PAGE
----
A resident in the German capital for 20 years now, the double bass player is an important figure of Portuguese music on the European jazz scene. He talks to us about his life, experiences and musical career.
Before he wanted to be a jazz musician, Carlos Bica (Lisbon, 1958) wanted to be a musician. He never imagined that this desire would lead him to take up residence in Berlin as a respected double bass player. There were no musicians in his family and “I never thought I would play that role. In fact, I saw musicians as untouchable beings”. It was actually his father who paid for his course at the Academia de Amadores de Música as a reward for getting into university. “It was one of the most important days of my life. I walked into the small auditorium and the person who would be my double bass teacher was playing on stage. I told him that I didn’t know what instrument to sign up for. He said “Show me your hands”, and then just said, “See you tomorrow then””. That’s how his musical career began, as he spent his all time at the Academia: “I studied a lot initially. I finally had what I wanted and it hadn’t been given to me on a plate. I was in seventh heaven”.
After playing in the Orquestra Sinfónica Juvenil and the Orquestra de Câmara de Lisboa, in 1981, he found himself in Berlin with the World Youth Orchestra “with young people from all over the world”. He felt “immediately at home” in the city, although it was very different to what it is like now. At the end of that year, he got a grant from the German government to attend the University of Music Würzburg, in Northern Bavaria, which he extended as long as he was able to. He managed to get a visa to stay in the country via the jazz singer Maria João’s agency, who he toured with in 1985.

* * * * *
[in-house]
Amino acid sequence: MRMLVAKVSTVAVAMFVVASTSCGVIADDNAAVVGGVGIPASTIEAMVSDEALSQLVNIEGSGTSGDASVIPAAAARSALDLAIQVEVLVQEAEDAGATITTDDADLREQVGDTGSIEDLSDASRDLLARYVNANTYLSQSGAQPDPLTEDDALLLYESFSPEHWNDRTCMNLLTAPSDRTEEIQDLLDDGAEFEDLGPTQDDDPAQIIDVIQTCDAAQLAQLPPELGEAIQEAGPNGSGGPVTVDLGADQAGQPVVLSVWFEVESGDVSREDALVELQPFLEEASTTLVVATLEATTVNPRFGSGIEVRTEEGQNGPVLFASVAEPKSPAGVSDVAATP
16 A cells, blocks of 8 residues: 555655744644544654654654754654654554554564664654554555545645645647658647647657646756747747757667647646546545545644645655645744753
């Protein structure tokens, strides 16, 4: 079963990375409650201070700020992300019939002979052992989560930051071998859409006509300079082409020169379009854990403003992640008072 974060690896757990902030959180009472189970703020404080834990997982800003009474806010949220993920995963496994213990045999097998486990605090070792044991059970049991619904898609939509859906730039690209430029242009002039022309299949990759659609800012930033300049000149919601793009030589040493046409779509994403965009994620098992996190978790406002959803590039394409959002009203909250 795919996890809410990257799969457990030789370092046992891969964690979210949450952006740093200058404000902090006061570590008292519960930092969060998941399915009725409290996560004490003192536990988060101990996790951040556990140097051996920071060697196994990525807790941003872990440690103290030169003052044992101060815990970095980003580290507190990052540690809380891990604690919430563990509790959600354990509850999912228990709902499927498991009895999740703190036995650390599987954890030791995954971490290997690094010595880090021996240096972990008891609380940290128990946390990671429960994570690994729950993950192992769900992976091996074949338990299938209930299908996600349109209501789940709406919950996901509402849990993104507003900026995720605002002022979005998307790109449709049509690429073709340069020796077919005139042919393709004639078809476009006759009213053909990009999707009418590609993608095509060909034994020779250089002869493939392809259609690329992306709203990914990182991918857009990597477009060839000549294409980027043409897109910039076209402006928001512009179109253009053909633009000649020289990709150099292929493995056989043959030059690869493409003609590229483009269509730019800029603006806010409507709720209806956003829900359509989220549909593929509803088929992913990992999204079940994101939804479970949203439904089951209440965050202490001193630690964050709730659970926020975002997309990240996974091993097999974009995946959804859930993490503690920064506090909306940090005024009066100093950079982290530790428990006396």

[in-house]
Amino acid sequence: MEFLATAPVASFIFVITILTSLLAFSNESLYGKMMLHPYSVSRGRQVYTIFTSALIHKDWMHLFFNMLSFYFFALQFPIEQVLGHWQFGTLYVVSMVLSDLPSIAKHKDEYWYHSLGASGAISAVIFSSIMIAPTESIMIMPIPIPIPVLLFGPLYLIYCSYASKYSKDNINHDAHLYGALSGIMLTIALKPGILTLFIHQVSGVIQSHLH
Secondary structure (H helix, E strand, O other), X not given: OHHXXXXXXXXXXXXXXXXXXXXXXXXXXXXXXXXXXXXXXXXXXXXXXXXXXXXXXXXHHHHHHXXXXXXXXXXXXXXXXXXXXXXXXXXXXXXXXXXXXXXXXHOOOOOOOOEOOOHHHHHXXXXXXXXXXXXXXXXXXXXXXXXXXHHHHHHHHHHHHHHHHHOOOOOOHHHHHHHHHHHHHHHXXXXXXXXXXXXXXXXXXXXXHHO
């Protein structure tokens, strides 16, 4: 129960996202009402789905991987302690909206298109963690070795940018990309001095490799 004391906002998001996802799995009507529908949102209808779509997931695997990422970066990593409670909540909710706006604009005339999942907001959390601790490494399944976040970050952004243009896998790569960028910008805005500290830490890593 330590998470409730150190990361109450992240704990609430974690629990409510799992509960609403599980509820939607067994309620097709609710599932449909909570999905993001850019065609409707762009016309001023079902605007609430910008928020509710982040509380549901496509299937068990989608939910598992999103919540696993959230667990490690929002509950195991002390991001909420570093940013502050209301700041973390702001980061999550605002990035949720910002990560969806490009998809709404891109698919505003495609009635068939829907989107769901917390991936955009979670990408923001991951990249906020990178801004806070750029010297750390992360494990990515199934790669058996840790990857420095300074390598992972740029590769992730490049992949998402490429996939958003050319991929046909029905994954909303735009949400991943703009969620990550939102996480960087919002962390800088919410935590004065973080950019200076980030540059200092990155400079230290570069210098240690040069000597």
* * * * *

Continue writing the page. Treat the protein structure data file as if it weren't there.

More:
While a member of a number of German chamber orchestras, he played in a Brazilian music group and did free jazz sessions. “It was a great learning experience”. At the same time he stsrted making music with the German guitarist Frank Möbus and American drummer Jim Black (“two exceptional musicians”), with whom he would form the Azul project that would make its debut at Hot Clube de Portugal jazz club in Lisbon in the early 1990s.
Ich bin ein berliner
A visit to Berlin in 1994 turned his life plans inside out. “I was fascinated. It was the phase after the fall of the wall, it was total freedom”. He managed to get an apartment in the city centre, in Scheunenviertel, the Jewish neighbourhood, which, despite not hiding its historical past, is “currently, the most interesting part of the city because that’s where the cultural scene is”, where he still resides. It was at this time that he decided to start composing. His first work, Azul (1996), considered to be one of the best Portuguese jazz albums ever, is also the debut of Carlos Bica & Azul. The trio, who have already made five albums, have played all over Europe and Canada, as well as the Middle East and India. The man of the four strings recalls a show in Khartoum, the capital of Sudan, on the Nile, during a difficult time in the country’s history, where “the reception was incredible”.
Returning to his Berlin routine, Bica concentrates on the music, keeping his much appreciated contact with nature for when he visits Portugal: “I love the sea and the smell of the earth and so I love going to Zambujeira do Mar”. Despite his regular trips to his place of birth, he feels like “a citizen of the world”. In Berlin, he can “easily hang out with other musicians. At the moment, I’m playing with some people half my age”. With the young German DJ IIlvibe, who also contributed to the fourth Carlos Bica & Azul fourth album, Believer (2006), he has done improvised concerts. At Carlos do Carmo’s request, Carlos Bica was responsible for introducing the double bass to fado. He also writes music for cinema, dance and theatre, challenges he finds “very enriching”.
Although he continues to play concerts thoughout the world, 2015 will see a new album from the Azul trio, which has been recorded in the capital of European cultural movida.
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